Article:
Founders also have to have leadership skills and enough salesmanship to imbue others with belief in their idea. “It’s getting people — partners, investors, employees, customers — to believe in your vision, get on-board,” he said.

He suggested would-be entrepreneurs get a higher-level job in a startup and learn as much as possible.

A Graduate Degree Can Help

As he spoke, I couldn’t help but notice Wilson wasn’t mentioning credentialed degree programs like ones from the school in whose halls we were sitting.

Few business or journalism school programs I have seen teach the technologies Wilson describes. A few J-schools offer courses in the basics of technical tools such as HTML or digital video production. Columbia University is offering a nascent dual degree in journalism and engineering. At Zicklin, I created and teach a media technology management class (summer syllabus). Disclosure: Columbia University’s journalism school is a sponsor of MediaShift.

I asked Wilson’s thoughts.

“I’m not saying MBAs can’t be great entrepreneurs. They can,” he said. “But you don’t need a degree to figure out it’s costing you $5,000 per month to run your business, so you need $30,000 to keep it going for six more months.”

He also suggested that MBAs can make great additions to a more established enterprise that needs financial expertise, interpretation of data, and other skills that help develop an established business.

Media May Not Be Best

For journalism or business graduates who may also be proficient coders and have the passion to build a media business, Wilson offered another strong dose of reality.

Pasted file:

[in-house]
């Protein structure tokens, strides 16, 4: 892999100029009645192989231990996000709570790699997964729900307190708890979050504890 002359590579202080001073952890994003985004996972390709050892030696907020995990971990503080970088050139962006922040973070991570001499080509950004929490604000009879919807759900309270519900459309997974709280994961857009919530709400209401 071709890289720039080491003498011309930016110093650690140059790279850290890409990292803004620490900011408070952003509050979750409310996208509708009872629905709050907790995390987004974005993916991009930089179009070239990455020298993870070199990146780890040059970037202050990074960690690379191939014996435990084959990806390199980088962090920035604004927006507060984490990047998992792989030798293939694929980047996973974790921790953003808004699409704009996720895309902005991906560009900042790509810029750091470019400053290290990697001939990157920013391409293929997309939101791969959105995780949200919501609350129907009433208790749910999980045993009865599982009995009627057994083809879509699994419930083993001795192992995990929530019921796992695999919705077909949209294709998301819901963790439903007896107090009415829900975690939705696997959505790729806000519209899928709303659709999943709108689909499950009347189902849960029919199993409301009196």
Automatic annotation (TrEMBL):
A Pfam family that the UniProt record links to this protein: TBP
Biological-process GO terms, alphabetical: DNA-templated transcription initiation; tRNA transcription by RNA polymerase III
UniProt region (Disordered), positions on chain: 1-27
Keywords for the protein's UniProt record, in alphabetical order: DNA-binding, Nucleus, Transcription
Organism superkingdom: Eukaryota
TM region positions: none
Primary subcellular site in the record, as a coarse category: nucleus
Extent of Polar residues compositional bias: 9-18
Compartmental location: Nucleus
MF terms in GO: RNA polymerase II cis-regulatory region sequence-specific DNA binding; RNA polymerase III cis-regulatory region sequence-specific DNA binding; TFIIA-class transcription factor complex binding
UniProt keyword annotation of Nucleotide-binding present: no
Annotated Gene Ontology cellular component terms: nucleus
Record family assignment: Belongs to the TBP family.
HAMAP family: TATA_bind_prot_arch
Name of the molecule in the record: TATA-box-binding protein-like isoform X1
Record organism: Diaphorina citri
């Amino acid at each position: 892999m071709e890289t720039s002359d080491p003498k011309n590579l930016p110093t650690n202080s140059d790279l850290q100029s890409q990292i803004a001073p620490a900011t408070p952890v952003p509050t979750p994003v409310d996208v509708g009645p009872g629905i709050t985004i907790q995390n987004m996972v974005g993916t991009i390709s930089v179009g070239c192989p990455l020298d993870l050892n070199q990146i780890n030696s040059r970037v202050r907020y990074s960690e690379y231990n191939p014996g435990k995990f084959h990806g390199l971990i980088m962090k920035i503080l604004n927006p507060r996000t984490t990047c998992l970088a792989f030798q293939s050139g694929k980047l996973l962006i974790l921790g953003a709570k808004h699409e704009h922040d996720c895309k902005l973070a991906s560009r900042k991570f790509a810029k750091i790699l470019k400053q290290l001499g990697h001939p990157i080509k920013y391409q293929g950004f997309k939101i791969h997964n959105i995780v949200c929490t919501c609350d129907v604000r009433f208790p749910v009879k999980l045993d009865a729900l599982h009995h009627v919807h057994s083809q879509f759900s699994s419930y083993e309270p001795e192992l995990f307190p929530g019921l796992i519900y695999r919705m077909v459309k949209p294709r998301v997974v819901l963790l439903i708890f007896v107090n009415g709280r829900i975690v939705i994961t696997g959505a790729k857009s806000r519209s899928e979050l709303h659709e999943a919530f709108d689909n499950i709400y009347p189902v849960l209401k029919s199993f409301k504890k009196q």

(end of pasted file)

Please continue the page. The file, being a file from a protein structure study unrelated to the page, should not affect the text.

He said that while media was a very popular category in the earlier days of the web, the better opportunities today seem to be in areas that are less crowded, such as banking, that aren’t as “picked over,” where there are more problems that aren’t being solved.

Another USV executive, Albert Wenger, echoed the sentiments at this year’s paidContent Mobile conference: “We found the economics of the content business to not be conducive to the economics of the venture business.”

i-6fcd3719c85988289478dd4638ffc4e7-Wenger.jpg
Albert Wenger of Union Square Ventures

Having taught both business and journalism students, and been around media and technology entrepreneurship, I concur with much of what Wilson said.

Schools are being subjected to the same disruptive forces that are rocking industries and, as Wilson says, will permeate every level of business. The schools are generally behind the curve in teaching the skills needed to help launch successful businesses.

As much as many educational institutions are trying to bolster and morph their programs, students cannot rely on them for everything they need to become successful in the new and fast-changing world of media and technology.

An award-winning former managing editor at ABCNews.com and an MBA (with honors), Dorian Benkoil handles marketing and sales strategies for MediaShift, and is the business columnist for the site. He is SVP at Teeming Media, a strategic media consultancy focused on attracting, engaging, and activating communities through digital media. He tweets at @dbenk and you can Circle him on Google+.

i-ed7356ca3ed527a55598e527830a5f35-CUNY-J LOGO.jpg

“Beyond J-School 2011” is sponsored by the CUNY Graduate School of Journalism, which offers an intensive, cutting edge, three semester Master of Arts in Journalism; a unique one semester Advanced Certificate in Entrepreneurial Journalism; and the CUNY J-Camp series of Continuing Professional Development workshops focused on emerging trends and skill sets in the industry.